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Ex-presidential candidates Bachmann and Cain galvanize Tea Party supporters ahead of GOP convention

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This photo shows Michele Bachmann and Herman Cain. (AP)

Former GOP presidential candidates Michele Bachmann and Herman Cain led hundreds of Tea Party activists Sunday in asserting the conservative movement’s presence before the official start of the Republican National Convention.

“This is what the Tea Party is not,” Bachmann blasted in a fiery address to roughly 500 Tea Party supporters, some dressed in traditional colonial costume. “We are not an unwanted second-class political party. We are the conscience of the United States Constitution. And we won’t apologize for that.”

The “Unity Rally 2012,” held inside the Rivers Church in Tampa, was headlined by Tea Party favorites Bachmann and Cain and included speeches from Utah Republican Rep. Jason Chaffetz and other like-minded conservatives.

While the rally was intended to unite behind the Republican presidential ticket, the red meat-packed speeches were more focused on berating President Obama rather than touting the specific policies put forth by Romney and his running mate, Wisconsin Rep. Paul Ryan.

“I want you to know how incredibly successful you have been as a movement,” Bachmann, R-Minn., told the crowd.

Bachmann, who ran for her party’s presidential nomination in the Republican primaries, went on to criticize the policies of the Obama administration, and again accused the president of being a socialist, saying, “We’re not going to stand by and see socialism implemented in our country.”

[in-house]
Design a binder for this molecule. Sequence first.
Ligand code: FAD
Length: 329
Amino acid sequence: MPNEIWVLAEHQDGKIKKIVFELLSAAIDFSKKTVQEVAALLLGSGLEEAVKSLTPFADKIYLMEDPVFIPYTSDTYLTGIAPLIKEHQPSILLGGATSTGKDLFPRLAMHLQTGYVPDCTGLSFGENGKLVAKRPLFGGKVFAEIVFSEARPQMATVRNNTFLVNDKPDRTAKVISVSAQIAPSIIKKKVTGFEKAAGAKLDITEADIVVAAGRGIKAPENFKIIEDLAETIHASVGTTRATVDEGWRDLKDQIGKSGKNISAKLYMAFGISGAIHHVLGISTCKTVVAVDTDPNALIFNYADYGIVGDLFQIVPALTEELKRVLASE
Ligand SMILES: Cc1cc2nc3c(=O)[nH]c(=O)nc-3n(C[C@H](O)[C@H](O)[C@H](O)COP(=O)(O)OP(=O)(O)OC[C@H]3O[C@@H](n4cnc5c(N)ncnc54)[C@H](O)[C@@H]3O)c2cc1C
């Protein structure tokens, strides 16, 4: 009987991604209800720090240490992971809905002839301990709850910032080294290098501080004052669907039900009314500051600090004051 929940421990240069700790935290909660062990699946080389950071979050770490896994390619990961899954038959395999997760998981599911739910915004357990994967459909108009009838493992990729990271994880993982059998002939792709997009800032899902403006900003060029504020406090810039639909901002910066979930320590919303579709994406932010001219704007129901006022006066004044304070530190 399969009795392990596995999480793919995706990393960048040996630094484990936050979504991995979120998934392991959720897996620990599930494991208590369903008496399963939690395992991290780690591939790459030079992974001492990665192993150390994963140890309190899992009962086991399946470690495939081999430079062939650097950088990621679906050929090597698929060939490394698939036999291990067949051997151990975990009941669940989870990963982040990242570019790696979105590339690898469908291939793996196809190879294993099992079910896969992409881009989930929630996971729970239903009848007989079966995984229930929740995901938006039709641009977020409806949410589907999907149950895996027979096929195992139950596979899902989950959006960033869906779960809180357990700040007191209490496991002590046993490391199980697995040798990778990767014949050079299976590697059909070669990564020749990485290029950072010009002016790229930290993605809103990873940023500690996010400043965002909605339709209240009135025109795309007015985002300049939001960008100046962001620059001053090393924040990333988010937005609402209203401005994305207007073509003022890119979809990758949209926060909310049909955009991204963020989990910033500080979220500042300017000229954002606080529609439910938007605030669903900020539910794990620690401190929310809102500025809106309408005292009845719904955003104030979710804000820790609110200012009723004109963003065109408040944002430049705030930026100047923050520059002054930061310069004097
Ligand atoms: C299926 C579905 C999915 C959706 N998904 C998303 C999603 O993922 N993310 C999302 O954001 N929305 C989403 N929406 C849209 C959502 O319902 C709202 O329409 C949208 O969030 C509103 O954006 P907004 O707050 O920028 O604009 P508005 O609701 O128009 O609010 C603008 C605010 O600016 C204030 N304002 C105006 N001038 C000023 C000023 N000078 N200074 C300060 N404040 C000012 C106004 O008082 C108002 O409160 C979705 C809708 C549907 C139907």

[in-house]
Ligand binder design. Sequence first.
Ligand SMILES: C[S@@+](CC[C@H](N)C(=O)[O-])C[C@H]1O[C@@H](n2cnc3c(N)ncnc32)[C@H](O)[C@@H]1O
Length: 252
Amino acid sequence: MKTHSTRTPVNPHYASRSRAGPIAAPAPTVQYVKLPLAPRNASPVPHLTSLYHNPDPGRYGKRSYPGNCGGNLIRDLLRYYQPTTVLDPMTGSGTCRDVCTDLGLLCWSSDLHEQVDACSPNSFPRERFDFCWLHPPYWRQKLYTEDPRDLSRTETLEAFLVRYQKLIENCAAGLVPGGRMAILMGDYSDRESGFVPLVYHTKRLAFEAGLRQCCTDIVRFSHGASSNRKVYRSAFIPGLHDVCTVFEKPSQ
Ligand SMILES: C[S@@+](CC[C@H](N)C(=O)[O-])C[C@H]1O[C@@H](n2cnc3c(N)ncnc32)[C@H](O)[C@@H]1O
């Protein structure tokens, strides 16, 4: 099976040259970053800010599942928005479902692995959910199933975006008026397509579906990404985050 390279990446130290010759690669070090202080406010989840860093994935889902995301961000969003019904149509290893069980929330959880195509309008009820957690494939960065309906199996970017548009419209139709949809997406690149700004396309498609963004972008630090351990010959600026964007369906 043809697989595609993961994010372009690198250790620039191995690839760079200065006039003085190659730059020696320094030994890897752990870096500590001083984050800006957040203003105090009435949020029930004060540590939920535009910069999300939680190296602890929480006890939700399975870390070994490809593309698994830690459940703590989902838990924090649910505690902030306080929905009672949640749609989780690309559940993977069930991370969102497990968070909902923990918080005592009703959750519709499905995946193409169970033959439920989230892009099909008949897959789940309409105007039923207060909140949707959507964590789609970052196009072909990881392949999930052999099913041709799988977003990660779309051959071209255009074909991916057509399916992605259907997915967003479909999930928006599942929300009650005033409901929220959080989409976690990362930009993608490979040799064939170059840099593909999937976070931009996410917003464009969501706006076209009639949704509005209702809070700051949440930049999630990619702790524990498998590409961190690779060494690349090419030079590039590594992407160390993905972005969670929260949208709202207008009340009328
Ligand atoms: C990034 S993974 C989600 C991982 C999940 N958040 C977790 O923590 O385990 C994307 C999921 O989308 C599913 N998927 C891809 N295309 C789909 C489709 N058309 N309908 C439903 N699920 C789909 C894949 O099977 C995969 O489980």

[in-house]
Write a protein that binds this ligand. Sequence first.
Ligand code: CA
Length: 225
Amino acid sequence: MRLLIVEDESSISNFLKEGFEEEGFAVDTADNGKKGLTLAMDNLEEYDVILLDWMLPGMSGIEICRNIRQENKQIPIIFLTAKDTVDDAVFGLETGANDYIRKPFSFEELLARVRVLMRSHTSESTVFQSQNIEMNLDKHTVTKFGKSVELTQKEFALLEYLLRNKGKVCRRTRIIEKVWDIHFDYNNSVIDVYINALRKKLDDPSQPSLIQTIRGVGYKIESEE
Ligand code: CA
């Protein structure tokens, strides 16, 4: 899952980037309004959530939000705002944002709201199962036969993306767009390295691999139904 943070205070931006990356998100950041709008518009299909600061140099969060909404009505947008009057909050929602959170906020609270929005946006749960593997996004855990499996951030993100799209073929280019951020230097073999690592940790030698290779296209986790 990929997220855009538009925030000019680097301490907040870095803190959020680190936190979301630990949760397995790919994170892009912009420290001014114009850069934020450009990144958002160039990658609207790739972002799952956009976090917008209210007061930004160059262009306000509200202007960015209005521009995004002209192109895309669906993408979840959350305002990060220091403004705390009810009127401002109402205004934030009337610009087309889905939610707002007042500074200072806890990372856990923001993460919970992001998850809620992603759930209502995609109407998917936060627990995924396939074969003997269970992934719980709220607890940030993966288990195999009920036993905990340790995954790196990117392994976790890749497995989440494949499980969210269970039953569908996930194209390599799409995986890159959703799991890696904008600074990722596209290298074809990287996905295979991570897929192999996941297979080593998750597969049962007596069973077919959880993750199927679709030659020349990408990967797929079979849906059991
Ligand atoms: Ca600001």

Cain, a former pizza chain executive and presidential contender, also praised the Tea Party for its influence in shaping the GOP platform and for sending “a message” to both the Republican Party and the Obama administration.

“You want to know what the message is – we the people are still in charge of this country!” he boomed.

In a single reference to Romney, Bachmann applauded him for his campaign promise to repeal Obama’s sweeping health care overhaul – a law the Democrats claim was modeled after the health care system Romney implemented when he was governor of Massachusetts.

“The leader of the Republican Party, Mitt Romney, has said -- without batting an eyelash -- on Day One, as president he will repeal ObamaCare!” Bachmann said. 

Cain also mentioned Romney by name when he cited a poll that found no African-Americans supported Romney.

“There were zero black people who would vote for Mitt Romney,” Cain said the poll concluded. “My response was, I’m not a zero!”